Borbon's move left a gap in the RedHawks' outfield, which was filled by Dustin Majewski on Friday.
The University of Texas product joined Oklahoma City in Sacramento, where they were facing the Oakland Athletics' Triple-A affiliate.
Majewski was originally drafted by the A's in the third round of the 2003 MLB Draft. He spent parts of three seasons with the club before being traded to the Blue Jays for pitcher Chad Gaudin.
The Rangers got Majewski in the Triple-A phase of the Rule 5 Draft prior to the 2008 season. He posted strong numbers with Double-A Frisco in '08, batting .286 with 32 doubles, 10 homers and 82 walks [versus 82 strikeouts] in 430 at-bats.
The 27-year-old began his 2009 campaign with Frisco again, and he suffered a rough first half. Majewski battled a pair of injuries and he was unable to find his stride at the plate. But during July, Majewski's first fully healthy month of the year, he hit .280 with five doubles, one home run, and 20 walks in 100 at-bats. He was off to a strong start in August with the RoughRiders, going 9-for-25 [.360] with a pair of doubles.
In the short time since his promotion to Triple-A, Majewski has held his own. Although the Brenham native went hitless in his first game, he drew a walk and hit a couple of balls hard. Majewski singled and walked in four trips in his second game.
Then, on Sunday evening, the 5-foot-11, 205-pound outfielder belted a two-run homer off Fresno starter Ramon Ortiz, providing all of OKC's offense in the 2-1 victory.
When Nelson Cruz returns to the Rangers' lineup, Borbon may very well be sent back to Oklahoma City. Majewski could go back to Frisco when that happens, but he hopes to make the best of his time in Triple-A.
Lone Star Dugout spoke with Majewski after his first Triple-A game.
Jason Cole: How did they tell you that you were coming up to Triple-A and when did they let you know?
Dustin Majewski: They let me know after the game in Midland. I had a pretty good day hitting. I was walking up the staircase, and our hitting coach, Brant Brown, said, ‘Hey, you just thought you had a good day.' I didn't really know what he was talking about. Then he called me in and let me know that I was going up here. It was exciting, and it's a step in the right direction.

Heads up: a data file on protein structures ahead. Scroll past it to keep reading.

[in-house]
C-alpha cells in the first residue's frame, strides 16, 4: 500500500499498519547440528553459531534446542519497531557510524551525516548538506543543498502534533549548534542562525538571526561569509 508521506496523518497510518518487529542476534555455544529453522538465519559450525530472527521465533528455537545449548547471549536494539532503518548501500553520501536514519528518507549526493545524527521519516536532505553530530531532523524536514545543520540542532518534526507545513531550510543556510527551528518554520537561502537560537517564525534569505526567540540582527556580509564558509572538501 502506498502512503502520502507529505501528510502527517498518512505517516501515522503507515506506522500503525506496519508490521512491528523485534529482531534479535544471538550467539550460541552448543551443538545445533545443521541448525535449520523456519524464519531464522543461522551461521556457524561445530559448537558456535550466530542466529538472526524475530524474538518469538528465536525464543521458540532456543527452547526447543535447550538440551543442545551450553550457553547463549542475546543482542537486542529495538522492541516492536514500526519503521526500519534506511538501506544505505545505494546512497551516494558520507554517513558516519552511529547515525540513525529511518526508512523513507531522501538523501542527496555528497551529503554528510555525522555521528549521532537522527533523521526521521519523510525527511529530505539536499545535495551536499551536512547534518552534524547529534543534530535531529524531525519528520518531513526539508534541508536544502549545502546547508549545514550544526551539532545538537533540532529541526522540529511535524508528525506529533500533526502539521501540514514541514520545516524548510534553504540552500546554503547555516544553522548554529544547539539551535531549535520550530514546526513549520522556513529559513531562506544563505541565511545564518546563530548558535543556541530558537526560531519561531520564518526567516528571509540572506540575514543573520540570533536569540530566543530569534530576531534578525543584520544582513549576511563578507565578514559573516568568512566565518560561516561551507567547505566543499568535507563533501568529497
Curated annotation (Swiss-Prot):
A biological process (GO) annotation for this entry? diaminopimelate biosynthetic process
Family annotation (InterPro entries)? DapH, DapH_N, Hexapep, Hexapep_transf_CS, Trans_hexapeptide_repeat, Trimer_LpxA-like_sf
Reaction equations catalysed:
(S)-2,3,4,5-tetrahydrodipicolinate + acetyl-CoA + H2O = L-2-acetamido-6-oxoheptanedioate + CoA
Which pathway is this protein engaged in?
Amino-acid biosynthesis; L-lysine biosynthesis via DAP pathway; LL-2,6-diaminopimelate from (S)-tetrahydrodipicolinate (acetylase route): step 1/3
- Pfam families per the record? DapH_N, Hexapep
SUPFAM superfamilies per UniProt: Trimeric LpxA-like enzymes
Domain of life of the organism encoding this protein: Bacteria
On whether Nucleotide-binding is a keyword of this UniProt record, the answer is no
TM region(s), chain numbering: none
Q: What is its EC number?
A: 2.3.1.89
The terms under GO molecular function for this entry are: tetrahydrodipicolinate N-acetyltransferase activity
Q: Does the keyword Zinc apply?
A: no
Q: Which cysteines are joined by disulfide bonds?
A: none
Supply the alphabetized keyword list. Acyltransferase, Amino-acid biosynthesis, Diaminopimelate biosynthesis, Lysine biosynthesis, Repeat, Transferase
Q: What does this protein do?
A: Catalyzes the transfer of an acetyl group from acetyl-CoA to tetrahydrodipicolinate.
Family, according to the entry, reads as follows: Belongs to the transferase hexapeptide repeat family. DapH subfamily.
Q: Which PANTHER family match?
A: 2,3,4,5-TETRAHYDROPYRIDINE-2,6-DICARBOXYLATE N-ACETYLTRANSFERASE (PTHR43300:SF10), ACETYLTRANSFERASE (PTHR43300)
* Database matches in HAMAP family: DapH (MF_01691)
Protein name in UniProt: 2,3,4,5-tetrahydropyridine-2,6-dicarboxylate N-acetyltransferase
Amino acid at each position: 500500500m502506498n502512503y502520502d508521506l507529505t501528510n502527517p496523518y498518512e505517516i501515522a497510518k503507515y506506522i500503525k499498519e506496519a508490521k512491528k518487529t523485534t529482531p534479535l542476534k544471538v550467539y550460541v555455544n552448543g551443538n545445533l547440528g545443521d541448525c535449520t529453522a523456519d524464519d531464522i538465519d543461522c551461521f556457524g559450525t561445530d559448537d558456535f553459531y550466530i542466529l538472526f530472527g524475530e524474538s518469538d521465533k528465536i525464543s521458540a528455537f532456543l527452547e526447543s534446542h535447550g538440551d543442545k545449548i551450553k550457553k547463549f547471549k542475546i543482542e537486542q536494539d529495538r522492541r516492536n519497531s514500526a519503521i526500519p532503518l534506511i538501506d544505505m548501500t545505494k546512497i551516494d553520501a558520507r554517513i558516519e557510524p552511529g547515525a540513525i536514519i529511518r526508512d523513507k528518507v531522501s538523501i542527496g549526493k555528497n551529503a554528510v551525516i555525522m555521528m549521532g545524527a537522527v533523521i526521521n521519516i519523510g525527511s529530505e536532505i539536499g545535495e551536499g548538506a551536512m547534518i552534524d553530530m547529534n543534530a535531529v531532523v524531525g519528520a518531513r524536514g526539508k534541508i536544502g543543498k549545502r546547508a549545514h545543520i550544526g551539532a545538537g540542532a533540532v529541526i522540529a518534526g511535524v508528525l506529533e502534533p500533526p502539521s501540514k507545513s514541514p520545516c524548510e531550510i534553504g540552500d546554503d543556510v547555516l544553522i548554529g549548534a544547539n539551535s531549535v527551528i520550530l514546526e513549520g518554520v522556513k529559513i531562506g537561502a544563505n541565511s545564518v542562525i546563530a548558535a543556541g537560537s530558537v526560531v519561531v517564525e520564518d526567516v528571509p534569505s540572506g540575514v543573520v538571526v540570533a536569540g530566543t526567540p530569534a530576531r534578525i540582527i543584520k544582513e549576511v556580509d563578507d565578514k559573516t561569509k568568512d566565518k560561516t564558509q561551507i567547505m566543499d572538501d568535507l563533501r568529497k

Cole: Tell me what your thoughts are on getting to Triple-A for the first time in your career and how is the experience so far?
Majewski: So far it's great. It's a good group of guys and a good experience. It's exciting to finally get the opportunity to move up. You've got a lot of talented outfielders up here and you've just got to wait for your time to get a chance. Hopefully things work out and I get to stay here for awhile and I can try to show what I can do.
Cole: You were drafted by the A's. Did you think that someday you would be playing in this ballpark, but just on the other side of things?
Majewski: Yeah. It's a little weird. When I first got drafted, this was a goal. To step into the big league with the A's, you go to Sacramento. And my first chance to get up here to Triple-A is in Sacramento. I guess it's a little ironic, but it is neat and it's a great ballpark, great fans, and a good atmosphere.
Cole: What were your thoughts on your season with Frisco this year?
Majewski: Frustrating early. I got a chance to play early and then got hurt. Then I went down to Arizona. When you're down there, you'll re-think a lot of things. I got out of there and then came back for a week and got hurt again.
It was frustrating for the first half of the season. The second half—getting back in the lineup eventually and I started to do okay. I was just hanging in there and things worked out.
Cole: Which injury was the first one? Was that the broken finger?
Majewski: The broken finger was the first one. Then I had a pulled oblique on the second injury. When you miss basically the first half of the season, it makes for a long year when you're sitting there and watching everybody else play. There's nothing you can do about it.